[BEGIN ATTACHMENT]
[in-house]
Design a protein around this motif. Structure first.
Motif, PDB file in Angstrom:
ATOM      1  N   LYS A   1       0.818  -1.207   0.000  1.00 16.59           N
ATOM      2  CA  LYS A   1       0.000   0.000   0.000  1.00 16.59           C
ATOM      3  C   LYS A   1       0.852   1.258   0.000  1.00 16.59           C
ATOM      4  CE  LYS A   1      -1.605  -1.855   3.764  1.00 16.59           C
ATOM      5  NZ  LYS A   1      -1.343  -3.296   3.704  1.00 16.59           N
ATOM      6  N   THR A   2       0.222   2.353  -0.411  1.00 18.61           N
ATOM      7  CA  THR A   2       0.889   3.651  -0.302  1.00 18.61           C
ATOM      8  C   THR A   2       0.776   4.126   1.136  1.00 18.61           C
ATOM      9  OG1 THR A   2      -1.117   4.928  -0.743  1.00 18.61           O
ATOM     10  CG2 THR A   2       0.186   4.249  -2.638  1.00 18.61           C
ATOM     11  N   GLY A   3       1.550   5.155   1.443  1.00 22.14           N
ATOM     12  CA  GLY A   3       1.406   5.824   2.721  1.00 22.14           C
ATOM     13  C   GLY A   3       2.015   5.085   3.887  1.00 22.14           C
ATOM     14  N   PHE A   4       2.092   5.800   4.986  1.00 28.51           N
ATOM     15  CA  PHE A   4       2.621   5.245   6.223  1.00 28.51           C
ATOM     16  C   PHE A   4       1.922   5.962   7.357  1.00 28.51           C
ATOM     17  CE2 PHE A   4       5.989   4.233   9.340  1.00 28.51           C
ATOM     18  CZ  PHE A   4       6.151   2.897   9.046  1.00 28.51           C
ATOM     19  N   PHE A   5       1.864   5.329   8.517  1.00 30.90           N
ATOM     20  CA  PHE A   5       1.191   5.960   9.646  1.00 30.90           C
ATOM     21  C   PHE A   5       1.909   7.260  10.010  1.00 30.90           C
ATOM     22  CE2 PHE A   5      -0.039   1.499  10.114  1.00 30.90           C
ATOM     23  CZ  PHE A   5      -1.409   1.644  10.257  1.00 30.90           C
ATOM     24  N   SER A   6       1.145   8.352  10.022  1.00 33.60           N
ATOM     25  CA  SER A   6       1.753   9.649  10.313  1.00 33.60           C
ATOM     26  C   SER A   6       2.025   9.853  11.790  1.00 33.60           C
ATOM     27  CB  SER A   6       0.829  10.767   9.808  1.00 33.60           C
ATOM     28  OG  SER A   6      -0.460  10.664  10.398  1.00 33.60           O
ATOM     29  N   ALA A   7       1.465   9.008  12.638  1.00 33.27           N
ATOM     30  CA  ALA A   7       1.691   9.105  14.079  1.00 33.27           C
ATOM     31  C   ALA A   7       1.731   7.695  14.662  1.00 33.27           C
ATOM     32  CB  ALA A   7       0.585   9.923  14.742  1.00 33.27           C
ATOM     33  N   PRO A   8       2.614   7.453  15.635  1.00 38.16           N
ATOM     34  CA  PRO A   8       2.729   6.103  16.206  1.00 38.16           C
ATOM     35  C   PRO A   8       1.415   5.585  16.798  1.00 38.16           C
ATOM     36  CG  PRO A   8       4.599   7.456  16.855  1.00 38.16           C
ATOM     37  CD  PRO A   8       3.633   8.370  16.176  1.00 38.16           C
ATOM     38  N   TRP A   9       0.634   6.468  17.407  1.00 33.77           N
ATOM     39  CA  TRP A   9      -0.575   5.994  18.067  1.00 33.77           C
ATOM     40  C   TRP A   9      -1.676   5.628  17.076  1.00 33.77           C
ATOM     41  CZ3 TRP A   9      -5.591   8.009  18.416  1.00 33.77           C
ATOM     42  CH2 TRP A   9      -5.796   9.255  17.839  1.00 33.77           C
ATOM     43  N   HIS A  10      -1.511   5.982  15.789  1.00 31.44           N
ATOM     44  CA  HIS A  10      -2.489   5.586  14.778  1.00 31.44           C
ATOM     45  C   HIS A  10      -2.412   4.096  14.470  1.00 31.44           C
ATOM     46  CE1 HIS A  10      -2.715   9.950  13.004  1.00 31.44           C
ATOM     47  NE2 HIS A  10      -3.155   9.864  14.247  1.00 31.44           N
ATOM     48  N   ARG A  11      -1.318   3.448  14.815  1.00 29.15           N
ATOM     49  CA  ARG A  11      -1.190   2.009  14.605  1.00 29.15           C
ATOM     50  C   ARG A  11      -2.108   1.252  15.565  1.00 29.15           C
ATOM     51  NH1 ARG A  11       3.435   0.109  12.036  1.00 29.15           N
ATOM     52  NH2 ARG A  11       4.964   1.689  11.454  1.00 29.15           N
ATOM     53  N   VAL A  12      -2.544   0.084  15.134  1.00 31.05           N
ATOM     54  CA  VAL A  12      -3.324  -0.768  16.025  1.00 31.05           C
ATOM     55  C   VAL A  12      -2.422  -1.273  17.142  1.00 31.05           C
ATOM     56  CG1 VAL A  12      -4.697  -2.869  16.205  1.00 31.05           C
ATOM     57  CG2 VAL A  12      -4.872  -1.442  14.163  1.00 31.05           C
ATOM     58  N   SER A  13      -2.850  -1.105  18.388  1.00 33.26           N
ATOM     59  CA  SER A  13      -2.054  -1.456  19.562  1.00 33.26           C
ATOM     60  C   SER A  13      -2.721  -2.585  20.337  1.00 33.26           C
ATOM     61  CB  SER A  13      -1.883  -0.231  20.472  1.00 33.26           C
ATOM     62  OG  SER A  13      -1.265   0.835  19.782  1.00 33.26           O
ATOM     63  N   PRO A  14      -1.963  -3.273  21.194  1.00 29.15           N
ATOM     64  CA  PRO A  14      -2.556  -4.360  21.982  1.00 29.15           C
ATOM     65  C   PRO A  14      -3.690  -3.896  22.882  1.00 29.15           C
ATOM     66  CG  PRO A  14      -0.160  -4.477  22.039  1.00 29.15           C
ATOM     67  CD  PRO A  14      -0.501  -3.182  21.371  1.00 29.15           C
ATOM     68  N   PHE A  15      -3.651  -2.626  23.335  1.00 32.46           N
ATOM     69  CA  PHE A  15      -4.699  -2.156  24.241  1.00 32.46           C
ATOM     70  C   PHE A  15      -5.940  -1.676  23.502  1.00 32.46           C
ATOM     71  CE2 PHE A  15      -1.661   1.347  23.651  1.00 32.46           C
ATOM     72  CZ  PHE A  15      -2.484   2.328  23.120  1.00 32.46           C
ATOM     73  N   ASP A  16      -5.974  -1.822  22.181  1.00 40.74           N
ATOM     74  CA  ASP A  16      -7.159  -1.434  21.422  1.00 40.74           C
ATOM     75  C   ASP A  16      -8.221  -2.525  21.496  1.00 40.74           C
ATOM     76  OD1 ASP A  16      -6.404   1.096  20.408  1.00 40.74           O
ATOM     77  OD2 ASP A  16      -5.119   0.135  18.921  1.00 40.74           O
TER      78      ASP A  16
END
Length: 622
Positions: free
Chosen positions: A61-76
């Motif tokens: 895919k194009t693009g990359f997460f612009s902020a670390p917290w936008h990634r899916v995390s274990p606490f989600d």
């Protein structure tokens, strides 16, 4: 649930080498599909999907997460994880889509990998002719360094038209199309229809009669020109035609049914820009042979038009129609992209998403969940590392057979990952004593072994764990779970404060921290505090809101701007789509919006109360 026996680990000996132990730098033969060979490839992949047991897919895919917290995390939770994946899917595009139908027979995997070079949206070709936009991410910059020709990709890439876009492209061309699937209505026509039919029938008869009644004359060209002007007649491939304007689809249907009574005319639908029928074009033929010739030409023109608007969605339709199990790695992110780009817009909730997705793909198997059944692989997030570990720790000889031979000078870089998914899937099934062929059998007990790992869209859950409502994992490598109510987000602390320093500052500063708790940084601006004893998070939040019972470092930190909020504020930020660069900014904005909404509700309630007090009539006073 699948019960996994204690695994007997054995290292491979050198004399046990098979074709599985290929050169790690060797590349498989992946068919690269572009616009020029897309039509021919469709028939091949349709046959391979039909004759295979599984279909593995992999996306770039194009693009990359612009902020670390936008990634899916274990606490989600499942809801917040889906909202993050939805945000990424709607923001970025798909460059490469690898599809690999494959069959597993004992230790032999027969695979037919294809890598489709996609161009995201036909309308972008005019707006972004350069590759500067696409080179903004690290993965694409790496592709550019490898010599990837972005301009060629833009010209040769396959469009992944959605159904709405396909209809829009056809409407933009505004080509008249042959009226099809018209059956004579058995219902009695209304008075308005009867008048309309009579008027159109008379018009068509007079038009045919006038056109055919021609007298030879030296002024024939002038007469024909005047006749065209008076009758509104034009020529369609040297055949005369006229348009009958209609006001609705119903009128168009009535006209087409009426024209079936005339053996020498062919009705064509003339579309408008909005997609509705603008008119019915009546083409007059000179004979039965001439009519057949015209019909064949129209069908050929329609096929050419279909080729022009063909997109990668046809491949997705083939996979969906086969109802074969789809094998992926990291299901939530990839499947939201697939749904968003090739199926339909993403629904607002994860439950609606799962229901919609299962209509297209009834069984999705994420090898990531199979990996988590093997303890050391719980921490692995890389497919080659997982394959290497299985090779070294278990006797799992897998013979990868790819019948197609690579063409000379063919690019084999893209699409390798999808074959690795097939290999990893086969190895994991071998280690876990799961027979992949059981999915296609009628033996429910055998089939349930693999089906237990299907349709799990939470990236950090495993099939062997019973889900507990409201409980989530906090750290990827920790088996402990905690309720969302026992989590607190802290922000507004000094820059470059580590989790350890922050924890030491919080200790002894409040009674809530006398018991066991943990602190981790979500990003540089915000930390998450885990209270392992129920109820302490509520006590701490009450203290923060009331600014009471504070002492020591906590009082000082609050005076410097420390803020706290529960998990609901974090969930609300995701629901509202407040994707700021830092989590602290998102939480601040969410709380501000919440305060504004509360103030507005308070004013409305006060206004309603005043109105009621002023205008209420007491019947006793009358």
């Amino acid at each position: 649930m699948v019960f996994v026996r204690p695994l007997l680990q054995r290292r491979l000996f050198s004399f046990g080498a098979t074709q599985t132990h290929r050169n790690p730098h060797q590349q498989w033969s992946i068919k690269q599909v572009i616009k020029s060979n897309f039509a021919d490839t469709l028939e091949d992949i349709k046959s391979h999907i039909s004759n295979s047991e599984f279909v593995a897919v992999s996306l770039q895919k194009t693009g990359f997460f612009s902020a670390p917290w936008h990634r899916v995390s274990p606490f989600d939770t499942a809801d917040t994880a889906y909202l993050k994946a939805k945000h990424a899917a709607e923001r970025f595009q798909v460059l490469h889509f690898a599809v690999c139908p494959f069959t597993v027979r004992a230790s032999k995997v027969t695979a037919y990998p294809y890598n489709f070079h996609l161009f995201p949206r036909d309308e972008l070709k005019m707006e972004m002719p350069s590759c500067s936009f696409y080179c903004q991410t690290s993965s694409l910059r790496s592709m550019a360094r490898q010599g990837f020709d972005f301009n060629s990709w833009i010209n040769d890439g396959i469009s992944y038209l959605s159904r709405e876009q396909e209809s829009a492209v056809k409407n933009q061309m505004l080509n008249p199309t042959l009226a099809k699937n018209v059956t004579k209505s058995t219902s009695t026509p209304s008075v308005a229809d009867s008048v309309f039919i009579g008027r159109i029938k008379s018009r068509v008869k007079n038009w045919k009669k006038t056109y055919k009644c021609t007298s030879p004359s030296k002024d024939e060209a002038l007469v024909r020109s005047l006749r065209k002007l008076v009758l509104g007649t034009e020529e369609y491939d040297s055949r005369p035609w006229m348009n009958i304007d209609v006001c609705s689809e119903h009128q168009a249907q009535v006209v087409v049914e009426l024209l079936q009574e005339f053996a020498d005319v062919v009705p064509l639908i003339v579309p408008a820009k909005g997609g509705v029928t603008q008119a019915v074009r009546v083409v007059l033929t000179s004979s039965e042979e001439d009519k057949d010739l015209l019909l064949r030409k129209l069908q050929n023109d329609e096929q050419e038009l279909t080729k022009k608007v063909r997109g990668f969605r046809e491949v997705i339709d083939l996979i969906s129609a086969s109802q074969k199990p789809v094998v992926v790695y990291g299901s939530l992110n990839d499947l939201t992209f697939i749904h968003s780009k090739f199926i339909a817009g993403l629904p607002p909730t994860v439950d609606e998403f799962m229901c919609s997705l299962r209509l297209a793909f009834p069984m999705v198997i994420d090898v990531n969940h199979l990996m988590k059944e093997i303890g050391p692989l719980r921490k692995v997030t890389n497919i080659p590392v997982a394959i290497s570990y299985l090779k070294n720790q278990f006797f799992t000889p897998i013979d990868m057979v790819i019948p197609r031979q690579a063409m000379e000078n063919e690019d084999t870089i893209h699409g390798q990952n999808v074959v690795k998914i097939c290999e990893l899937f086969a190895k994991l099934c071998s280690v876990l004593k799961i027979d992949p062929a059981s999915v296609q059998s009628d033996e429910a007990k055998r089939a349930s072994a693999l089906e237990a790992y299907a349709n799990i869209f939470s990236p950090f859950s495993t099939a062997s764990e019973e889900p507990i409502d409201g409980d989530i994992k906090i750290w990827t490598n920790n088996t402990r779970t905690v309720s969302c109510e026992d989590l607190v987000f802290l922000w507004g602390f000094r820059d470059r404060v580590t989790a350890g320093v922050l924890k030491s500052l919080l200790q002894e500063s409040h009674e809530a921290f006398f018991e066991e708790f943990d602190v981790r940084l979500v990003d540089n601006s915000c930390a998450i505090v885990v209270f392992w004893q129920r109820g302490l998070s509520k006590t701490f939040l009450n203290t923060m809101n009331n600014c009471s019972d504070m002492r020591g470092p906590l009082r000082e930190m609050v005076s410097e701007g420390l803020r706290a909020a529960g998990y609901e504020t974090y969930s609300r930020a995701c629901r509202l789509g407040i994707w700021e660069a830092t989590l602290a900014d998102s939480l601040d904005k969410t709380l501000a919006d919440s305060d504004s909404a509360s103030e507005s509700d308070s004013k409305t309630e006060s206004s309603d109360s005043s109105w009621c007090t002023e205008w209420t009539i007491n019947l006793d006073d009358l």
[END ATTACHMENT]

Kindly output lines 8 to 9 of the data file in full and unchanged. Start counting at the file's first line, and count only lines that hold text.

ATOM      5  NZ  LYS A   1      -1.343  -3.296   3.704  1.00 16.59           N
ATOM      6  N   THR A   2       0.222   2.353  -0.411  1.00 18.61           N